Ripple is in trouble. J.P. Morgan Chase, the biggest bank in the U.S. by assets, has announced it’s making its own cryptocurrency to rival Ripple’s XRP. That means Ripple’s plan to use crypto to do what traditional banks’ can’t, is looking precarious.
The ripple (XRP) price is so far holding up as investors await more news of the service but it has struggled over the last six months after being boosted by a raft of banks announcing they were trying out Ripple’s technology. It’s failed to hang on to those gains as banking partners seem to all but dry up.
Ripple, a common name for the XRP digital token which is 60% owned by the company Ripple, has recently slipped to third place in world cryptocurrency rankings by market cap, having fallen along with almost all other cryptocurrencies over the last year. Ripple is down by some 91% since its all-time high in January last year.
J.P. Morgan’s cryptocurrency project, a so-called stable coin (which means it’s pegged to the U.S. dollar and the bank will keep as many dollars in its vaults as there are digital tokens in circulation) called JPM Coin will begin trials “in a few months,” according to CNBC, which broke the news.
The news sent waves around the world of blockchain and cryptocurrency—the first big U.S. bank to launch its own cryptocurrency has both given credibility to the threat blockchain and decentralized systems pose to traditional banks and turned heads because the bank in question is led by an outspoken critic of bitcoin and cryptocurrencies. Though Ripple’s XRP is something quite different.
Ripple (XRP), created back in 2012 by the company then known as Ripple Labs, sets itself apart from many other major digital tokens, such as bitcoin and litecoin, by working directly with the established financial services sector.
Ripple has signed up a number of banks around the world to use its technology, designed to make international payments quicker and cheaper, and throwing down the gauntlet to bank-owned incumbent Swift. Ripple now claims to have some 200 banks and payment providers on its RippleNet network, including Japan’s Mitsubishi UFJ Financial Group and Standard Chartered.
JPM Coin has some key differences to Ripple’s XRP, however. It’s “exclusively for institutional customers” and in will be based on a private, permissioned blockchain called Quorum—a far cry from the public, open blockchain used by bitcoin. This means JPM Coin will be entirely controlled by J.P. Morgan and lacking the public scrutiny that has attracted many to blockchain and crypto.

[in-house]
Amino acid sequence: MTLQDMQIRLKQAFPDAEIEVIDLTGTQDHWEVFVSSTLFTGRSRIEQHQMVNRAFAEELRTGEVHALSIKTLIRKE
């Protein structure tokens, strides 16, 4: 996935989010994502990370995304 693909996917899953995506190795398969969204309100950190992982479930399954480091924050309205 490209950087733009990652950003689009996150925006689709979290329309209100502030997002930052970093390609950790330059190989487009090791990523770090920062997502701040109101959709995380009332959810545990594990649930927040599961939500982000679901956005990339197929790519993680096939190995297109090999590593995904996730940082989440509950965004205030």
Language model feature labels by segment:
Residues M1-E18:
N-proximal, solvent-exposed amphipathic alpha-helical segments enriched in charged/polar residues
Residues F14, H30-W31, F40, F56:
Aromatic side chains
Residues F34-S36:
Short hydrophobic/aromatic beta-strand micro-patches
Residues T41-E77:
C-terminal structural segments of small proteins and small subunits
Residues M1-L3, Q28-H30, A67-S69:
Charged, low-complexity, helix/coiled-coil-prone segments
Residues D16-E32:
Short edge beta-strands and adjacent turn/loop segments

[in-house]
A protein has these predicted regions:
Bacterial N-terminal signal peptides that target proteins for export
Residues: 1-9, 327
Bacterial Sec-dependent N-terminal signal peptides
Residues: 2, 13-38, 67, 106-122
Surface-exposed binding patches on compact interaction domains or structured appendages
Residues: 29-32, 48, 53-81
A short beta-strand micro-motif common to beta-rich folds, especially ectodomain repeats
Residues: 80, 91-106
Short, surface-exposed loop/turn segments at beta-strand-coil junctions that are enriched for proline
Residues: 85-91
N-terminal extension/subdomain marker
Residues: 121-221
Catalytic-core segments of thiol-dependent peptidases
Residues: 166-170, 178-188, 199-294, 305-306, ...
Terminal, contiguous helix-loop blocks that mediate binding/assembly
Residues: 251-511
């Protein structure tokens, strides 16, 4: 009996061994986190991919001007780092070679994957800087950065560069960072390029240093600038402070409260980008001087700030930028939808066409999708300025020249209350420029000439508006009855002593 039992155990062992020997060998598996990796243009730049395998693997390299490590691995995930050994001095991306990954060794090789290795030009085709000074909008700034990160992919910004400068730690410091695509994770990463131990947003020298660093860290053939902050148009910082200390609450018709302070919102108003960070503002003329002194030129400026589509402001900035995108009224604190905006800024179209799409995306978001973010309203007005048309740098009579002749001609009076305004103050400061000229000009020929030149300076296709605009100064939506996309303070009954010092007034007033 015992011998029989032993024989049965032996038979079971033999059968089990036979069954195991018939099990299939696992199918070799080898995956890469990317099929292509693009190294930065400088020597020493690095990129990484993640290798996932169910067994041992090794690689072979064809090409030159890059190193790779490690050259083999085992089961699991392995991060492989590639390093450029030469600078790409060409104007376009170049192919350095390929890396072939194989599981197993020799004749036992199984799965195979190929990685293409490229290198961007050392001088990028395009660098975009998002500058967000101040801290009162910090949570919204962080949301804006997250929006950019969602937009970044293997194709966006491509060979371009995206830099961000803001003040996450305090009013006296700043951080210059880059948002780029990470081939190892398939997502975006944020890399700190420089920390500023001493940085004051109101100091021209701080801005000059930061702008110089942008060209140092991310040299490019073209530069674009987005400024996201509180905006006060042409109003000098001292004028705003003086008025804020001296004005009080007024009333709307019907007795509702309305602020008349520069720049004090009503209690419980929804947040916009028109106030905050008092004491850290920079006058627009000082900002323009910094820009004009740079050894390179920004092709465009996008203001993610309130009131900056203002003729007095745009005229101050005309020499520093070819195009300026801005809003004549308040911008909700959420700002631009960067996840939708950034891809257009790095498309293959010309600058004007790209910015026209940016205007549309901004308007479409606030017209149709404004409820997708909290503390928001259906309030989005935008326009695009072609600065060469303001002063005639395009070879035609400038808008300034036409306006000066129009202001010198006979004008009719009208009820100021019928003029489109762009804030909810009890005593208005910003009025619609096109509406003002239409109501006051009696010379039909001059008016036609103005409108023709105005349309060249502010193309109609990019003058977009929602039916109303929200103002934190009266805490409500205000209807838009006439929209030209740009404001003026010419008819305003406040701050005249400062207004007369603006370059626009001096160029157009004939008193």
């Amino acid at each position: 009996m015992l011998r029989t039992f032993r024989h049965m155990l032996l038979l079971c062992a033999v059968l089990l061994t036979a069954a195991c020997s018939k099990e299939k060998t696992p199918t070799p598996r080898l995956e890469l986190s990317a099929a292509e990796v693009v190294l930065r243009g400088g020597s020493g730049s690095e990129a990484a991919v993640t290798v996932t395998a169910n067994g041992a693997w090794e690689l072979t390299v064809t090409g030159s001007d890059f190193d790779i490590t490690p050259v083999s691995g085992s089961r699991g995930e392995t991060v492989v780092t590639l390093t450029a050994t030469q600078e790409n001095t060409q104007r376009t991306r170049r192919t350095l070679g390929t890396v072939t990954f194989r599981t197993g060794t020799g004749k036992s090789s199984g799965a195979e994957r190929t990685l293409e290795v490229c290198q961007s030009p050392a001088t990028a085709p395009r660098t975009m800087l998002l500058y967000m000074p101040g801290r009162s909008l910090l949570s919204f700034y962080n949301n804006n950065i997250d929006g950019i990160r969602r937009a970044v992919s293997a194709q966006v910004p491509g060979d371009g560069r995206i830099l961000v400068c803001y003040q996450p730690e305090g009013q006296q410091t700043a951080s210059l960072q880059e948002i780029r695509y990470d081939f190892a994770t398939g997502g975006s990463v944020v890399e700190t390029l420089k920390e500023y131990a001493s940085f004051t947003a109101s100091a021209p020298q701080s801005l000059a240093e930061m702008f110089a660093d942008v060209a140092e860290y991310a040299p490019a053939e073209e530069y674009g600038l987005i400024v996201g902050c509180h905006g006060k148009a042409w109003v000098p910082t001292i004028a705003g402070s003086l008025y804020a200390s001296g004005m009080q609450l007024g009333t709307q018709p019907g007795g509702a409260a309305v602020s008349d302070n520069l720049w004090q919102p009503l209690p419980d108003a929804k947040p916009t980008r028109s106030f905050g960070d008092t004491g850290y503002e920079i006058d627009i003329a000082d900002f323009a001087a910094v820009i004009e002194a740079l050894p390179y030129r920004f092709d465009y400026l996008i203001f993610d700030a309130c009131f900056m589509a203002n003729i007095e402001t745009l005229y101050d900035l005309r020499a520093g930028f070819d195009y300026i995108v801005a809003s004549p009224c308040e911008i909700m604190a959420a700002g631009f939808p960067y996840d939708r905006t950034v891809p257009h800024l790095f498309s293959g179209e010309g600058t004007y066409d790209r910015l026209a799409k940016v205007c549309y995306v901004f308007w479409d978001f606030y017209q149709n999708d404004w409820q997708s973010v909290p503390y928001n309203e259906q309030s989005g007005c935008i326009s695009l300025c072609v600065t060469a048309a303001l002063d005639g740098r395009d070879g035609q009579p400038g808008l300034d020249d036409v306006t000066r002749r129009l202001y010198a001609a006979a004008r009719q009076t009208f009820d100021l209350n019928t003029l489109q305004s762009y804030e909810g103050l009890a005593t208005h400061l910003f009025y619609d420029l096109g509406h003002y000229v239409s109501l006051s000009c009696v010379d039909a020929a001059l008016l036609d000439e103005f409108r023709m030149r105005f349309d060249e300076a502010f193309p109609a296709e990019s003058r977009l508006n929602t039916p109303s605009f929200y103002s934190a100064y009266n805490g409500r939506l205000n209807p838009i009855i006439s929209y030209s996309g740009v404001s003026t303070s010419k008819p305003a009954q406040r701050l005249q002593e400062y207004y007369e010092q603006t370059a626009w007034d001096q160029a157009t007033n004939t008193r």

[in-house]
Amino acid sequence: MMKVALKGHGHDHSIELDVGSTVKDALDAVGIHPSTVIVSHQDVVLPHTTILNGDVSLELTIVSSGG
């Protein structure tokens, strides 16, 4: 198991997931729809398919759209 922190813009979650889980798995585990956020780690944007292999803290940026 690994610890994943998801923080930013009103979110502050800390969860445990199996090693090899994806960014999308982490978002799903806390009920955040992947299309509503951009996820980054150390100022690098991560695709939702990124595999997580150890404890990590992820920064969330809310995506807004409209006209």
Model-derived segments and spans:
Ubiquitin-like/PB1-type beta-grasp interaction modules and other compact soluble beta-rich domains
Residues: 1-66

Ripple was quick to downplay the threat JPM Coin posed.
“As predicted, banks are changing their tune on crypto,” Ripple chief executive Brad Garlinghouse said via Twitter. “But this JPM project misses the point–introducing a closed network today is like launching AOL after Netscape’s IPO. 2 years later, and bank coins still aren’t the answer.”
Despite Garlinghouse’s bravado, the move recalls social media giant Facebook’s attempts to beat upstart messaging service Snapchat at its own game. Something Facebook managed with apparent ease by cloning Snapchat’s best-loved features and incorporating them into its Instagram app.
Instagram’s ubiquity, combined with Facebook’s spending power, meant Snapchat struggled to keep up.
Now, Ripple looks to be in a similar position. Who would go with an untried and tested newcomer when an industry veteran is able to offer the same thing?
It’s not necessarily all bad news for Ripple, however.
“Especially in a nascent industry, having competition is good for business. In fact, the atmosphere among the XRP community was one of celebration more than anything,” Mati Greenspan, senior market analyst at eToro wrote in a note to clients. “Still, as we’ve seen many times over the last few years, the news, good or bad, doesn’t always impact prices. As we can see, prices barely budged yesterday.”
Indeed, bank attempts to do technology better themselves have stumbled before. A few years back, Wall Street giant Goldman Sachs announced plans to elbow media and information merchant Bloomberg out of the market.
Goldman’s messaging service Symphony launched in 2014 with heavy hitters BlackRock, JP Morgan, Citi, and Morgan Stanley on board. Despite some small successes, Symphony has so far failed to turn the tide against Bloomberg, which is already well entrenched into the system.
It may be J.P. Morgan’s move to edge out Ripple and XRP has come too late, though this now looks to be a case of Ripple’s David going up against J.P. Morgan’s Goliath. Ripple will be looking to investors and banks to trust its sling.